Emergency! 2 million people in jeopardy!!
June 11, 2009, 9:14 am
Filed under: culture, media, technology

A recent survey revealed a frightening level of lack of preparation.  As a result, more than 2 million USAmerican households are in danger of losing their television signals.  These are people without a digital converter box for their TV, and won’t be able to receive the over-the-air broadcasts from TV stations.  Have you noticed the frenzy that TV channels are going through to make sure everyone is prepared.  It’s like there’s some impending natural disaster or something. It sure does reveal something about the centrality of our idolatry.  I’m completely and totally guilty of this form of idolatry myself, so I don’t mean to make some elitist, moralist stand here.

Whatever the case, I hope that they do some follow up surveys with these 2 million households.  Something along the lines of tracking increased levels of literacy, quality of family relationships, community involvement, and physical health among those who got left behind in the shift to digital TV.


Our church sucks 16% less than the sucky church you go to
June 3, 2009, 9:25 pm
Filed under: denomination, media

<unfair rant warning>

I know I’m not alone in having received tons of church marketing pieces in my mailbox over the years.  Sometimes, they’re simple and elegant invitations to their Easter services, sometimes they’re loud and obnoxious and clearly trying too hard to be cool.  There’s a church in my area that sends out full color, 8×10 pieces about once every two months, with a design that looks like a magazine cover.  Pretty predictable stuff, really.  Unfortunately, these marketing pieces are almost always dishonest in some significant ways.  For example, if the marketing piece has pretty people from a number of ethnic backgrounds pictured, you can almost universally guarantee that the church is full of white people, most of whome are not photogenic.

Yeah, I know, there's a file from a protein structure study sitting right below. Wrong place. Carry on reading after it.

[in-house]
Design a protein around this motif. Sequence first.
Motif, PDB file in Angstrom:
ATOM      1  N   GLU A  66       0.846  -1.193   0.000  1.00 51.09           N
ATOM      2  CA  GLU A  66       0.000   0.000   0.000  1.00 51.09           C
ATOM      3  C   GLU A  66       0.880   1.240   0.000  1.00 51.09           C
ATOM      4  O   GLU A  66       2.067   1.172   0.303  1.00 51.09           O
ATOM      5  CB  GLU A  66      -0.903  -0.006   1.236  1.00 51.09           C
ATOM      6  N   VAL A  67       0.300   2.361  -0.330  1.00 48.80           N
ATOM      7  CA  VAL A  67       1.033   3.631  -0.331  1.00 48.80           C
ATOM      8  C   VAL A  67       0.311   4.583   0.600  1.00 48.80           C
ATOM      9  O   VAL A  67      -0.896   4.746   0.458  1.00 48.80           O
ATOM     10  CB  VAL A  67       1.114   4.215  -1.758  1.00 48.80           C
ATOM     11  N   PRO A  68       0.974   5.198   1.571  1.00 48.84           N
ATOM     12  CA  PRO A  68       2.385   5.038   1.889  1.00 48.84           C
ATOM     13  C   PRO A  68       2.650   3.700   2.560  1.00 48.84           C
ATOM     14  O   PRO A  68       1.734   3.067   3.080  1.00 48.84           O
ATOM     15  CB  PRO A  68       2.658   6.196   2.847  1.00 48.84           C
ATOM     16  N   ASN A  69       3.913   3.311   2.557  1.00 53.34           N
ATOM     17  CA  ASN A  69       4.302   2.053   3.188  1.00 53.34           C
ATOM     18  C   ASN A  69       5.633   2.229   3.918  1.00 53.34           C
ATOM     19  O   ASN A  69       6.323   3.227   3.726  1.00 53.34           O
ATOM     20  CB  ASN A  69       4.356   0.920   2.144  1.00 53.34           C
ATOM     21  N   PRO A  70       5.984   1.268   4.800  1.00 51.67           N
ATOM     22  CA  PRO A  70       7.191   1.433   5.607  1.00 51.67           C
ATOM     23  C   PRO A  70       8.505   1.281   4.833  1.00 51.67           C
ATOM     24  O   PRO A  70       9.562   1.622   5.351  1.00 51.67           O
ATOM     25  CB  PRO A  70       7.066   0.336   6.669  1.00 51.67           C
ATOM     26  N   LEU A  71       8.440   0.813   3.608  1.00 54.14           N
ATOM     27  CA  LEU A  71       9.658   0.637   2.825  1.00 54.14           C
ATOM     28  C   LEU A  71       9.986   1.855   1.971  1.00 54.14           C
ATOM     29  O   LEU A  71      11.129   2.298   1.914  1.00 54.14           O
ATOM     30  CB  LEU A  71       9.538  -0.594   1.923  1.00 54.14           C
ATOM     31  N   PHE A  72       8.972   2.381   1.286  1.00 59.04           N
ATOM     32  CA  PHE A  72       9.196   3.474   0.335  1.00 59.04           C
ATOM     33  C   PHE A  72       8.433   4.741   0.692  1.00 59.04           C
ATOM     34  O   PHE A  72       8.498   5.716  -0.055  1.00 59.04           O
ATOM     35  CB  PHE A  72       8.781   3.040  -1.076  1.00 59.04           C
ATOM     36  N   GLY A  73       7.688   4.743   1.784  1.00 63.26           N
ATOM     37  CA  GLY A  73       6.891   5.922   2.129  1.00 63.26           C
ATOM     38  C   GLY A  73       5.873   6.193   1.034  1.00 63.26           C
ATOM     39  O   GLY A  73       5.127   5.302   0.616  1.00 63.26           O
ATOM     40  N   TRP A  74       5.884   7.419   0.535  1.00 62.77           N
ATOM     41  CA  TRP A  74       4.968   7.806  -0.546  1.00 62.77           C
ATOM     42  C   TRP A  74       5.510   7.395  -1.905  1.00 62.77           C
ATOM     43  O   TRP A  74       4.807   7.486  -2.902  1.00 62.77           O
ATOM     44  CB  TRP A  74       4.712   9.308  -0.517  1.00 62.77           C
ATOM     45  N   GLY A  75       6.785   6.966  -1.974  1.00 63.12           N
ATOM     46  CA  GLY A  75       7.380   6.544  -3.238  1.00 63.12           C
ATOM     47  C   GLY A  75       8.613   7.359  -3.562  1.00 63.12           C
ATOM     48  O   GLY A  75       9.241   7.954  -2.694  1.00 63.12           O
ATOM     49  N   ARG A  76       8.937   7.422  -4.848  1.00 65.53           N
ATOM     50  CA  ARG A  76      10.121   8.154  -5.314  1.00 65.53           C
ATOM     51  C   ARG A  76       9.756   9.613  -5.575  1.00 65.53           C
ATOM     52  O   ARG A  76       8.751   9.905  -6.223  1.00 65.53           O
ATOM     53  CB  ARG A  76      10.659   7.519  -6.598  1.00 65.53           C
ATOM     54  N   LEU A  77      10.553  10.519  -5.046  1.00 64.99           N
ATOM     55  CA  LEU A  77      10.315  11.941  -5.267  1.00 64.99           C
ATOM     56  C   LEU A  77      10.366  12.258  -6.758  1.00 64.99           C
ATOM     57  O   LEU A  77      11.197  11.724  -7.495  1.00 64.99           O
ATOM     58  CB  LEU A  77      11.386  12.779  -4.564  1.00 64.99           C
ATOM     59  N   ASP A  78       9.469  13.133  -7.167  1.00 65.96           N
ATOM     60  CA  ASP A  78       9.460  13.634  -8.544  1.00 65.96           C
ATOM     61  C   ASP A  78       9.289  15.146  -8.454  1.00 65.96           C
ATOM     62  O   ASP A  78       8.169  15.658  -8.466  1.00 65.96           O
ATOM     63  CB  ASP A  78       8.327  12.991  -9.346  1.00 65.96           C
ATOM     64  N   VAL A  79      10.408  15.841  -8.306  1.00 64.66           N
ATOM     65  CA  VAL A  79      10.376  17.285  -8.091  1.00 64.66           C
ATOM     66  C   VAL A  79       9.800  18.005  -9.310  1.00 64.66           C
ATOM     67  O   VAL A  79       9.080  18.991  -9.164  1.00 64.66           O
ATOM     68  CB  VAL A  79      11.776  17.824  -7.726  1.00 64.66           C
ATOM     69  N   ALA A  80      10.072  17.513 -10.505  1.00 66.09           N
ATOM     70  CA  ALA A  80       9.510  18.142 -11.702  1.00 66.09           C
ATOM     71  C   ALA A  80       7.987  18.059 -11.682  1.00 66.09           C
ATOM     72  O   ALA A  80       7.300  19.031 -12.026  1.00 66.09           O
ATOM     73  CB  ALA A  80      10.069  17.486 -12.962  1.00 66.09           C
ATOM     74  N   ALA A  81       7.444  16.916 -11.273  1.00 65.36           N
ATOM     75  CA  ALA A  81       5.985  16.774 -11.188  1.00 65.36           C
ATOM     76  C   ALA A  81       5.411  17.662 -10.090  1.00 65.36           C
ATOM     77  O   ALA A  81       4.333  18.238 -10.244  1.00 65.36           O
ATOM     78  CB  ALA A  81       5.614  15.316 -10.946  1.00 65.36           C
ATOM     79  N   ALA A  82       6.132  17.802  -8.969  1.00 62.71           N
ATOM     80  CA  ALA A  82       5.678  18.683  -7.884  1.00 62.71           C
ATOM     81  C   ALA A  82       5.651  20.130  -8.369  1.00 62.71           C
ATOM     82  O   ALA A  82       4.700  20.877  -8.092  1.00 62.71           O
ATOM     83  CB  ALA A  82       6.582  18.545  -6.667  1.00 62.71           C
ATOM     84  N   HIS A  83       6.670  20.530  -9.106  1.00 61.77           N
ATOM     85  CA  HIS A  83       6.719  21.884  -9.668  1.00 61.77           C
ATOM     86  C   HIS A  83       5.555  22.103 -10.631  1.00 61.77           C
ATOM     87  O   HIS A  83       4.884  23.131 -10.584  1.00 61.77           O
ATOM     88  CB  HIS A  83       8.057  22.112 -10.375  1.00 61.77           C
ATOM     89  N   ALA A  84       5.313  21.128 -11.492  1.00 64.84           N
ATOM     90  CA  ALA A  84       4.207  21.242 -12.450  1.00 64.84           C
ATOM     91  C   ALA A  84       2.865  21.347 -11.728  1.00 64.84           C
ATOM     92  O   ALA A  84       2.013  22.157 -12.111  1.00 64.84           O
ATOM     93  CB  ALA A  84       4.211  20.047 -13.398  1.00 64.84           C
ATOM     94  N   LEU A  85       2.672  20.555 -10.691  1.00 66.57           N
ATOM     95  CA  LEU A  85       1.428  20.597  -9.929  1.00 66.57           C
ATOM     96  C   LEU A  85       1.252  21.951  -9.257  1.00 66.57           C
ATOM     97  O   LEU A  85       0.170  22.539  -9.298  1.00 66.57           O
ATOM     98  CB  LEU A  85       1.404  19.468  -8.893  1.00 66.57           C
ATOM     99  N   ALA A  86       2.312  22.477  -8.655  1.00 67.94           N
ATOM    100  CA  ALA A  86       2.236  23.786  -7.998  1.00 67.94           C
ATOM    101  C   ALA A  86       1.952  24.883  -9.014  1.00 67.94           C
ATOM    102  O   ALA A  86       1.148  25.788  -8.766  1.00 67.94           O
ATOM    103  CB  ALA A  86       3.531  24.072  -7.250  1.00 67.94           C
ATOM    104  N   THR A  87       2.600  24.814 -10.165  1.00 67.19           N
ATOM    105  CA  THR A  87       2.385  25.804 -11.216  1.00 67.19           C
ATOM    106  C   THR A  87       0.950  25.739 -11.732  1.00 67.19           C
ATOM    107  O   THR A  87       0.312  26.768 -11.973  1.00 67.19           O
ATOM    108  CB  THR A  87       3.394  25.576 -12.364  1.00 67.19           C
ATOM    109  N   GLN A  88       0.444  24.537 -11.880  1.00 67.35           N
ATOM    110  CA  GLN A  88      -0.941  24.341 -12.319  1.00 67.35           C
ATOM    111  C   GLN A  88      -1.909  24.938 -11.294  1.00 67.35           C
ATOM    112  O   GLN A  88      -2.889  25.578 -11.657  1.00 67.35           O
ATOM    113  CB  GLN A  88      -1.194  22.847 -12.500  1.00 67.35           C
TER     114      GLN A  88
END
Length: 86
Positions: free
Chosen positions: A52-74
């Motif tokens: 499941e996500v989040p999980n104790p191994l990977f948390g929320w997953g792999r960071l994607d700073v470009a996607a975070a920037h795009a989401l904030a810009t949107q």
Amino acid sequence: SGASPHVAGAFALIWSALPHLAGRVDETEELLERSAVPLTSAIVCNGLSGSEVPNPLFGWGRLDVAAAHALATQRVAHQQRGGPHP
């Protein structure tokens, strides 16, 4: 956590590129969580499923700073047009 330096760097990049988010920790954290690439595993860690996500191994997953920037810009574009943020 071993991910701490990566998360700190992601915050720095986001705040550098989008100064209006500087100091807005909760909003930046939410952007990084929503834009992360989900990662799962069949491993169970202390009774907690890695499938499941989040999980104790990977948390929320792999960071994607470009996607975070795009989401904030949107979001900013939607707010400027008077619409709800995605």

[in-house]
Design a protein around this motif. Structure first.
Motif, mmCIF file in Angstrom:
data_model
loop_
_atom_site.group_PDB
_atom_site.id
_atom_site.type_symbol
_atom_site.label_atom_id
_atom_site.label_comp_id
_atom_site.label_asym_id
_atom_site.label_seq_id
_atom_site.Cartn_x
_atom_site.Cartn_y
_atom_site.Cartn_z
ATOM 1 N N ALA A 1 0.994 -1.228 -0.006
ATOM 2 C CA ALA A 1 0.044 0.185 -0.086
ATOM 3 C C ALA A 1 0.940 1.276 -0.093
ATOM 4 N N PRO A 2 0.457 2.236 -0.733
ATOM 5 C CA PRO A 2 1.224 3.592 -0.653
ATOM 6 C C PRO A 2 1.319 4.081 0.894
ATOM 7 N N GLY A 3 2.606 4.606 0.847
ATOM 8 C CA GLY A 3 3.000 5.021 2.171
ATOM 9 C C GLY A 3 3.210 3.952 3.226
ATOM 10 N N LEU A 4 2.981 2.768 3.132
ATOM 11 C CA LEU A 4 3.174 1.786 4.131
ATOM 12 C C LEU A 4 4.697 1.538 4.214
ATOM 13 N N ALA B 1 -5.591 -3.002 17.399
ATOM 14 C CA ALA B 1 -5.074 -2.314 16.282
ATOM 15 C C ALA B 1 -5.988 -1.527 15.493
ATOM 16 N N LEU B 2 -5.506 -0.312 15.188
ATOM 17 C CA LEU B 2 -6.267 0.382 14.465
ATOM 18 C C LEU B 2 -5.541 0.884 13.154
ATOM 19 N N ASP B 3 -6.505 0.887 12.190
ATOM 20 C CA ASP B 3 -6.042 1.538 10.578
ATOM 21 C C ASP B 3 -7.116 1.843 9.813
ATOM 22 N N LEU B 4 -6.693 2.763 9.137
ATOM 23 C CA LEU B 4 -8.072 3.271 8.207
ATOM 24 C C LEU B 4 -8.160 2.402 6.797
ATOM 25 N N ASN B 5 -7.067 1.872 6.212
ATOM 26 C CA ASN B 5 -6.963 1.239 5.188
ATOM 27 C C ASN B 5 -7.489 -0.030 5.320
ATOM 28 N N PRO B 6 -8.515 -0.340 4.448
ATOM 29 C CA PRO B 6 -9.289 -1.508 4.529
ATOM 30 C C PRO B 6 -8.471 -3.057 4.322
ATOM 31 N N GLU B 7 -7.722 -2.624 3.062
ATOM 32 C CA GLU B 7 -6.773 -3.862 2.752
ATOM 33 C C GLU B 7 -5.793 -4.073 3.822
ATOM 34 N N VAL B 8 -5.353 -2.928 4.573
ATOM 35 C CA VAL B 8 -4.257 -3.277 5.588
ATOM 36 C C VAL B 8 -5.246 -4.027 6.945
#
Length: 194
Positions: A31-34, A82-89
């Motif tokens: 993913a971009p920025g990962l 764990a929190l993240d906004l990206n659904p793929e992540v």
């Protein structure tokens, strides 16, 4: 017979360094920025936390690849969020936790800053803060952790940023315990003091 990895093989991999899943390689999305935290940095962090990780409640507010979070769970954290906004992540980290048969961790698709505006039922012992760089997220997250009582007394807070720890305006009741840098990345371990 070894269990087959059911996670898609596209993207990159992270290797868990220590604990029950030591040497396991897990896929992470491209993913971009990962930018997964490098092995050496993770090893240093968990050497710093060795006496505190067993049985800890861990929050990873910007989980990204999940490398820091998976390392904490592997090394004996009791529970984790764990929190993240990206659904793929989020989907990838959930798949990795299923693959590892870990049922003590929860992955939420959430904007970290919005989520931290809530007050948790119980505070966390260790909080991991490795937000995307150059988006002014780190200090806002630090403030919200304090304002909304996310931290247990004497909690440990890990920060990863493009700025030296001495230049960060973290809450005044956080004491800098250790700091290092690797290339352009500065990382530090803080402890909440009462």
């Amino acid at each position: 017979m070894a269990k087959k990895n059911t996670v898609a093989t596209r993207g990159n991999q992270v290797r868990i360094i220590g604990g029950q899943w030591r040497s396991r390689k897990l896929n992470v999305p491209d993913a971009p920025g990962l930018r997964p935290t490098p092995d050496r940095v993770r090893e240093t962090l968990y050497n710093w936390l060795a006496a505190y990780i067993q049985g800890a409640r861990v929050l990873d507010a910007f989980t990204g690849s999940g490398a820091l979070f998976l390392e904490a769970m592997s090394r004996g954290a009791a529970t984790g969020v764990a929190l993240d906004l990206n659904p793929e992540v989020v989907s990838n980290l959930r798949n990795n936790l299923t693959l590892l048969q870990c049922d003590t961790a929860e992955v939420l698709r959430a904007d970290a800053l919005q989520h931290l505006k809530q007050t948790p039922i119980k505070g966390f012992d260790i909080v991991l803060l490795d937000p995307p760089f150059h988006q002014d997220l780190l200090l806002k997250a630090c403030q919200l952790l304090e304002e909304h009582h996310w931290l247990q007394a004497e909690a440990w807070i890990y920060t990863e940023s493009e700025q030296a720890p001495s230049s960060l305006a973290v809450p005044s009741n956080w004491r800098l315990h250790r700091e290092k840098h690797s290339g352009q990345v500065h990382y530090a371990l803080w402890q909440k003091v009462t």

The marketing piece I’ve seen a number of times is the one I love to hate the most.  It’s the one that says, “You should check out our church, even though you think church sucks.  Because we’re not like those other churches you’ve been to.  We don’t suck.  We rock.  You’ll love our <insert musical style>, your kids will love our <insert program name>, and we promise our preacher won’t bore you.  We’re different than the rest!”  A variation on this theme is the ad that says “We’re a church for people that don’t like church.”